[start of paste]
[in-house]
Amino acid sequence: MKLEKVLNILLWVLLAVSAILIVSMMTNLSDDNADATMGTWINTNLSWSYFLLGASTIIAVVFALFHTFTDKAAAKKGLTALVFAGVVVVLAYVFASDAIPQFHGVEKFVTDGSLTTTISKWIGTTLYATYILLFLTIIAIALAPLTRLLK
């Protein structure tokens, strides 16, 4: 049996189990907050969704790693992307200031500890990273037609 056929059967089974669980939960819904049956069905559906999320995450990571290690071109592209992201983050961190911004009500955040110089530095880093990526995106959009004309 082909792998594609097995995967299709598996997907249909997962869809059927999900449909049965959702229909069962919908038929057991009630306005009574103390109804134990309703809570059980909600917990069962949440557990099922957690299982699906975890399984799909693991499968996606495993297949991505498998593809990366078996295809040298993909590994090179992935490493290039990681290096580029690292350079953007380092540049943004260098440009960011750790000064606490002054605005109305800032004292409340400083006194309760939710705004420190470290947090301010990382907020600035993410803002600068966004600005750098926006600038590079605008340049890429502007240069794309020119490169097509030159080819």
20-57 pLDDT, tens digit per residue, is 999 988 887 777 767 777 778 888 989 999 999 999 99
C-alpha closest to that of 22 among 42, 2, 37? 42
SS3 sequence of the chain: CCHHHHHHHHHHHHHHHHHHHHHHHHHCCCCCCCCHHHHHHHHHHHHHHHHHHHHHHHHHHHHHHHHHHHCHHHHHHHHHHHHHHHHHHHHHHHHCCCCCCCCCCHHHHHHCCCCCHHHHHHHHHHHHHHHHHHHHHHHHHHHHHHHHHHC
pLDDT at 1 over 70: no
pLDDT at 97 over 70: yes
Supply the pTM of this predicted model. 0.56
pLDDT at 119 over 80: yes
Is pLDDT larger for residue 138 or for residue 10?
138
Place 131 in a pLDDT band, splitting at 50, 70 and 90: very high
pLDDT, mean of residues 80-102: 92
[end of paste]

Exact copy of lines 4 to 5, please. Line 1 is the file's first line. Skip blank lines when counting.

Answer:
20-57 pLDDT, tens digit per residue, is 999 988 887 777 767 777 778 888 989 999 999 999 99
C-alpha closest to that of 22 among 42, 2, 37? 42